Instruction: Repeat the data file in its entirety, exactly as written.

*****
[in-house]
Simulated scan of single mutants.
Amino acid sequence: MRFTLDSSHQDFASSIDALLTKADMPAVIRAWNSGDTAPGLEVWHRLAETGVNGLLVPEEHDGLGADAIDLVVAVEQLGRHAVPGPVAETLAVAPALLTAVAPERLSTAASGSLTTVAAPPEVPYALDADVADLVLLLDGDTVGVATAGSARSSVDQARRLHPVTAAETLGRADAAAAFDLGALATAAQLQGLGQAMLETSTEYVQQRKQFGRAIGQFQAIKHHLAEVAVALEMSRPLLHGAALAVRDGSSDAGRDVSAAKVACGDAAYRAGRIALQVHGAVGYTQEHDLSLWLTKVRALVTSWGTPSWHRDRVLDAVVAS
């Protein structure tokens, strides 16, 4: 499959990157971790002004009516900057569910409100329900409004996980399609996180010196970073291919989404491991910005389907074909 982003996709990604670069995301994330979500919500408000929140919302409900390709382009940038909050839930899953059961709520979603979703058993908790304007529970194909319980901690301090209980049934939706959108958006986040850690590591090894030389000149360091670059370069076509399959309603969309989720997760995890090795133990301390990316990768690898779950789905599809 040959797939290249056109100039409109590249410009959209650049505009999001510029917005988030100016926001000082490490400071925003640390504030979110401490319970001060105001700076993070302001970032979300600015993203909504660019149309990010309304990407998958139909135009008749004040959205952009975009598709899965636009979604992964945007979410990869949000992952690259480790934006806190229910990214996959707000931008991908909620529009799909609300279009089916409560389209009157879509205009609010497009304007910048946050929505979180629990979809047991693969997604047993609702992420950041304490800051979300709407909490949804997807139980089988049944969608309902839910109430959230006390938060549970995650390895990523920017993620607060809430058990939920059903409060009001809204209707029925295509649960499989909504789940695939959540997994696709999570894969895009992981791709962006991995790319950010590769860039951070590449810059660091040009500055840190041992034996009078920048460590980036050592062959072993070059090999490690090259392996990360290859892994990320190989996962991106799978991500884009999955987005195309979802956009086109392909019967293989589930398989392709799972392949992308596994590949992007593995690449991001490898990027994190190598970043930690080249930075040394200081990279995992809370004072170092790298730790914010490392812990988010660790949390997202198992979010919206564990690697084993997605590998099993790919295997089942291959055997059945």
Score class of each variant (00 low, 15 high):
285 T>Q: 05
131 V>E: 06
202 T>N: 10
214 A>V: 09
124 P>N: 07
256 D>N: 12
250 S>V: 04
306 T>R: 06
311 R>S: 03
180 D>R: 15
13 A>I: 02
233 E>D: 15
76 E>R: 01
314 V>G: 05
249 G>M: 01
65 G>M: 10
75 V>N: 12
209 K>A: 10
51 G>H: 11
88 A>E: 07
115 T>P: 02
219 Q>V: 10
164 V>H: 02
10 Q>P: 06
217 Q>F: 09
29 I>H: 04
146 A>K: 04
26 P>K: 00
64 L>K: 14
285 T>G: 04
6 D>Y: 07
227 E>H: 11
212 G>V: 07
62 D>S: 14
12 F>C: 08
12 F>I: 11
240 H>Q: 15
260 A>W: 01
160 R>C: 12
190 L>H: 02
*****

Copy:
[in-house]
Simulated scan of single mutants.
Amino acid sequence: MRFTLDSSHQDFASSIDALLTKADMPAVIRAWNSGDTAPGLEVWHRLAETGVNGLLVPEEHDGLGADAIDLVVAVEQLGRHAVPGPVAETLAVAPALLTAVAPERLSTAASGSLTTVAAPPEVPYALDADVADLVLLLDGDTVGVATAGSARSSVDQARRLHPVTAAETLGRADAAAAFDLGALATAAQLQGLGQAMLETSTEYVQQRKQFGRAIGQFQAIKHHLAEVAVALEMSRPLLHGAALAVRDGSSDAGRDVSAAKVACGDAAYRAGRIALQVHGAVGYTQEHDLSLWLTKVRALVTSWGTPSWHRDRVLDAVVAS
């Protein structure tokens, strides 16, 4: 499959990157971790002004009516900057569910409100329900409004996980399609996180010196970073291919989404491991910005389907074909 982003996709990604670069995301994330979500919500408000929140919302409900390709382009940038909050839930899953059961709520979603979703058993908790304007529970194909319980901690301090209980049934939706959108958006986040850690590591090894030389000149360091670059370069076509399959309603969309989720997760995890090795133990301390990316990768690898779950789905599809 040959797939290249056109100039409109590249410009959209650049505009999001510029917005988030100016926001000082490490400071925003640390504030979110401490319970001060105001700076993070302001970032979300600015993203909504660019149309990010309304990407998958139909135009008749004040959205952009975009598709899965636009979604992964945007979410990869949000992952690259480790934006806190229910990214996959707000931008991908909620529009799909609300279009089916409560389209009157879509205009609010497009304007910048946050929505979180629990979809047991693969997604047993609702992420950041304490800051979300709407909490949804997807139980089988049944969608309902839910109430959230006390938060549970995650390895990523920017993620607060809430058990939920059903409060009001809204209707029925295509649960499989909504789940695939959540997994696709999570894969895009992981791709962006991995790319950010590769860039951070590449810059660091040009500055840190041992034996009078920048460590980036050592062959072993070059090999490690090259392996990360290859892994990320190989996962991106799978991500884009999955987005195309979802956009086109392909019967293989589930398989392709799972392949992308596994590949992007593995690449991001490898990027994190190598970043930690080249930075040394200081990279995992809370004072170092790298730790914010490392812990988010660790949390997202198992979010919206564990690697084993997605590998099993790919295997089942291959055997059945």
Score class of each variant (00 low, 15 high):
285 T>Q: 05
131 V>E: 06
202 T>N: 10
214 A>V: 09
124 P>N: 07
256 D>N: 12
250 S>V: 04
306 T>R: 06
311 R>S: 03
180 D>R: 15
13 A>I: 02
233 E>D: 15
76 E>R: 01
314 V>G: 05
249 G>M: 01
65 G>M: 10
75 V>N: 12
209 K>A: 10
51 G>H: 11
88 A>E: 07
115 T>P: 02
219 Q>V: 10
164 V>H: 02
10 Q>P: 06
217 Q>F: 09
29 I>H: 04
146 A>K: 04
26 P>K: 00
64 L>K: 14
285 T>G: 04
6 D>Y: 07
227 E>H: 11
212 G>V: 07
62 D>S: 14
12 F>C: 08
12 F>I: 11
240 H>Q: 15
260 A>W: 01
160 R>C: 12
190 L>H: 02